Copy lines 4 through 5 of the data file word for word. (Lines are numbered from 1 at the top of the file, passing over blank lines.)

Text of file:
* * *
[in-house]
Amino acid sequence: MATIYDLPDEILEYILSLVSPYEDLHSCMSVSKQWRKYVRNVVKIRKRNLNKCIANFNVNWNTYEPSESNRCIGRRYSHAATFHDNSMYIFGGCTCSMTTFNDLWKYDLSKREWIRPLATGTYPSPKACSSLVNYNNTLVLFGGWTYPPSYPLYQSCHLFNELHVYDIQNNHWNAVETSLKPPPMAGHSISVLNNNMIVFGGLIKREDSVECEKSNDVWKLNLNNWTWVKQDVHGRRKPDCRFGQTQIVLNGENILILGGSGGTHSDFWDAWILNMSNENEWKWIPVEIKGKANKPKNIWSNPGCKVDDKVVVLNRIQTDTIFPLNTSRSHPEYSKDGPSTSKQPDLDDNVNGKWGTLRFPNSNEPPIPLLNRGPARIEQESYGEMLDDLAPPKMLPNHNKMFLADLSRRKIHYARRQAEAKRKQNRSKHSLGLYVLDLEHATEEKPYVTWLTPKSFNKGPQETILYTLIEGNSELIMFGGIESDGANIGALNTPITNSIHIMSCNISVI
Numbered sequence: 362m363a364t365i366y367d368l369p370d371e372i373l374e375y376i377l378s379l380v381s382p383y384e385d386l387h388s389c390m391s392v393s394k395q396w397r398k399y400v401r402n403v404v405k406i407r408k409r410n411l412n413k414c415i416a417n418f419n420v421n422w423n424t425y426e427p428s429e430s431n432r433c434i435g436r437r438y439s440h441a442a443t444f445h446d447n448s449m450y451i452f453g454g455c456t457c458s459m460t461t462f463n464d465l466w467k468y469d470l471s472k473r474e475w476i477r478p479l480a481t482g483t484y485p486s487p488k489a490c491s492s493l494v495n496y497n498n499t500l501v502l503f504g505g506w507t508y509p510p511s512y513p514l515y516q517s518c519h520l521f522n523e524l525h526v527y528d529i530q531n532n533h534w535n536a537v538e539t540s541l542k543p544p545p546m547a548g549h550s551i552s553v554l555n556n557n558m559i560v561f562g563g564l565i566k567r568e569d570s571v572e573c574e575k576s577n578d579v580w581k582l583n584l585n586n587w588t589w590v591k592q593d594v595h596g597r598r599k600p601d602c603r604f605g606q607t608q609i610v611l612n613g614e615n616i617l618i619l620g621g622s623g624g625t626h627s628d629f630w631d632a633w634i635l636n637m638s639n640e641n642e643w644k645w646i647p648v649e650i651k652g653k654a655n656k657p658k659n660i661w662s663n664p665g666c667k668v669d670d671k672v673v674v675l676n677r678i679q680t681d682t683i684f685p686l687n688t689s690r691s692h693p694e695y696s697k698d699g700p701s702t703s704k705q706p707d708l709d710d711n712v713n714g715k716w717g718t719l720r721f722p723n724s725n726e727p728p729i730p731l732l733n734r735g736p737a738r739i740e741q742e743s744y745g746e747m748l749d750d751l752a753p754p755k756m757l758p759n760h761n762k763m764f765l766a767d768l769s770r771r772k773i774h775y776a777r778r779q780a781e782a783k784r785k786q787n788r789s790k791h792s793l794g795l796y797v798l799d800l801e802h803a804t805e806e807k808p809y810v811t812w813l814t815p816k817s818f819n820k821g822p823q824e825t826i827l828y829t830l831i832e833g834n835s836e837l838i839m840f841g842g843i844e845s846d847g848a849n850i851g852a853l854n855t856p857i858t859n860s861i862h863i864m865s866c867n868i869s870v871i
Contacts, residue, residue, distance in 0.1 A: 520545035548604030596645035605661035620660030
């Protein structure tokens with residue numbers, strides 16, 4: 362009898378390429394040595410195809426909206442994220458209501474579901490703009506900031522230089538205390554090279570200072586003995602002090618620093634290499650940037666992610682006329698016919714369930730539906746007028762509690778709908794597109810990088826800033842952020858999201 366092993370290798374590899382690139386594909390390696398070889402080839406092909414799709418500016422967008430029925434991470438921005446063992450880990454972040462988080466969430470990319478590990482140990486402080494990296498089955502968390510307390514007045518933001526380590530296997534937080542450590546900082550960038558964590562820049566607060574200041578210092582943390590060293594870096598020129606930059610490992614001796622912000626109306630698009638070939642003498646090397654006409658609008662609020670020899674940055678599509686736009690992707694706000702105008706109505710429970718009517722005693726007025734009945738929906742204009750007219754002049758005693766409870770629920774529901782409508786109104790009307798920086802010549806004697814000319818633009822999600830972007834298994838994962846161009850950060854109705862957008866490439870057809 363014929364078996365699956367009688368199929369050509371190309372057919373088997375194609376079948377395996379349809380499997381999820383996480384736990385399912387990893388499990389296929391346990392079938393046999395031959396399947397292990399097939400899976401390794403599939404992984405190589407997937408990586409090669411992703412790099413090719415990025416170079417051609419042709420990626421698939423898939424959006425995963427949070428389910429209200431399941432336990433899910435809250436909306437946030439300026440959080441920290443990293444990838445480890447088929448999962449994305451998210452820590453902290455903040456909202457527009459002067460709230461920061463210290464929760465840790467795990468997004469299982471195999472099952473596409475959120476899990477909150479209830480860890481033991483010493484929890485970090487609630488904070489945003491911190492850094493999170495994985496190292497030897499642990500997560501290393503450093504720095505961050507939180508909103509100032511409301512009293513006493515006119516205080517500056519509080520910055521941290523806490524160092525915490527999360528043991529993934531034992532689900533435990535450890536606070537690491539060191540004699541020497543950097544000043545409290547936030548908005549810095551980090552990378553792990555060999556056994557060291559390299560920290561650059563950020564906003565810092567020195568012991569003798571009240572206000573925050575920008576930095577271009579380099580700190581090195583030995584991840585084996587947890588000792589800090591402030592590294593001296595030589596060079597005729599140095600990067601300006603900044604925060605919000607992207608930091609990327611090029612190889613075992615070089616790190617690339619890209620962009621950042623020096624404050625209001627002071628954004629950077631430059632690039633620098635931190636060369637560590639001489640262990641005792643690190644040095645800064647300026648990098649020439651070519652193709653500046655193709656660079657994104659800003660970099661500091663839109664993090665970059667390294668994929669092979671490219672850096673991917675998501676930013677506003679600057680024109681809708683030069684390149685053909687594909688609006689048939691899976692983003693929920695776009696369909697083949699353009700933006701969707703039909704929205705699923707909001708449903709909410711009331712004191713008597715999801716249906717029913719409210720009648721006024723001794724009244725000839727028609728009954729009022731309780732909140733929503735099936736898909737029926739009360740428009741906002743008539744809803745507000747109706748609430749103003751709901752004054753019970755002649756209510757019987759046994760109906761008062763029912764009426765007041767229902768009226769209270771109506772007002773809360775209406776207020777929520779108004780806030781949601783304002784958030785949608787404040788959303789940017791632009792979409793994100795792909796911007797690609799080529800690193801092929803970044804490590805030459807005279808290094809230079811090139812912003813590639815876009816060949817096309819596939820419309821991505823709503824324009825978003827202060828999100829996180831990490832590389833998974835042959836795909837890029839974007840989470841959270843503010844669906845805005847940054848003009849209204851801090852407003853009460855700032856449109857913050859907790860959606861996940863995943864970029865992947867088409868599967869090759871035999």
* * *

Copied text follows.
Contacts, residue, residue, distance in 0.1 A: 520545035548604030596645035605661035620660030
């Protein structure tokens with residue numbers, strides 16, 4: 362009898378390429394040595410195809426909206442994220458209501474579901490703009506900031522230089538205390554090279570200072586003995602002090618620093634290499650940037666992610682006329698016919714369930730539906746007028762509690778709908794597109810990088826800033842952020858999201 366092993370290798374590899382690139386594909390390696398070889402080839406092909414799709418500016422967008430029925434991470438921005446063992450880990454972040462988080466969430470990319478590990482140990486402080494990296498089955502968390510307390514007045518933001526380590530296997534937080542450590546900082550960038558964590562820049566607060574200041578210092582943390590060293594870096598020129606930059610490992614001796622912000626109306630698009638070939642003498646090397654006409658609008662609020670020899674940055678599509686736009690992707694706000702105008706109505710429970718009517722005693726007025734009945738929906742204009750007219754002049758005693766409870770629920774529901782409508786109104790009307798920086802010549806004697814000319818633009822999600830972007834298994838994962846161009850950060854109705862957008866490439870057809 363014929364078996365699956367009688368199929369050509371190309372057919373088997375194609376079948377395996379349809380499997381999820383996480384736990385399912387990893388499990389296929391346990392079938393046999395031959396399947397292990399097939400899976401390794403599939404992984405190589407997937408990586409090669411992703412790099413090719415990025416170079417051609419042709420990626421698939423898939424959006425995963427949070428389910429209200431399941432336990433899910435809250436909306437946030439300026440959080441920290443990293444990838445480890447088929448999962449994305451998210452820590453902290455903040456909202457527009459002067460709230461920061463210290464929760465840790467795990468997004469299982471195999472099952473596409475959120476899990477909150479209830480860890481033991483010493484929890485970090487609630488904070489945003491911190492850094493999170495994985496190292497030897499642990500997560501290393503450093504720095505961050507939180508909103509100032511409301512009293513006493515006119516205080517500056519509080520910055521941290523806490524160092525915490527999360528043991529993934531034992532689900533435990535450890536606070537690491539060191540004699541020497543950097544000043545409290547936030548908005549810095551980090552990378553792990555060999556056994557060291559390299560920290561650059563950020564906003565810092567020195568012991569003798571009240572206000573925050575920008576930095577271009579380099580700190581090195583030995584991840585084996587947890588000792589800090591402030592590294593001296595030589596060079597005729599140095600990067601300006603900044604925060605919000607992207608930091609990327611090029612190889613075992615070089616790190617690339619890209620962009621950042623020096624404050625209001627002071628954004629950077631430059632690039633620098635931190636060369637560590639001489640262990641005792643690190644040095645800064647300026648990098649020439651070519652193709653500046655193709656660079657994104659800003660970099661500091663839109664993090665970059667390294668994929669092979671490219672850096673991917675998501676930013677506003679600057680024109681809708683030069684390149685053909687594909688609006689048939691899976692983003693929920695776009696369909697083949699353009700933006701969707703039909704929205705699923707909001708449903709909410711009331712004191713008597715999801716249906717029913719409210720009648721006024723001794724009244725000839727028609728009954729009022731309780732909140733929503735099936736898909737029926739009360740428009741906002743008539744809803745507000747109706748609430749103003751709901752004054753019970755002649756209510757019987759046994760109906761008062763029912764009426765007041767229902768009226769209270771109506772007002773809360775209406776207020777929520779108004780806030781949601783304002784958030785949608787404040788959303789940017791632009792979409793994100795792909796911007797690609799080529800690193801092929803970044804490590805030459807005279808290094809230079811090139812912003813590639815876009816060949817096309819596939820419309821991505823709503824324009825978003827202060828999100829996180831990490832590389833998974835042959836795909837890029839974007840989470841959270843503010844669906845805005847940054848003009849209204851801090852407003853009460855700032856449109857913050859907790860959606861996940863995943864970029865992947867088409868599967869090759871035999």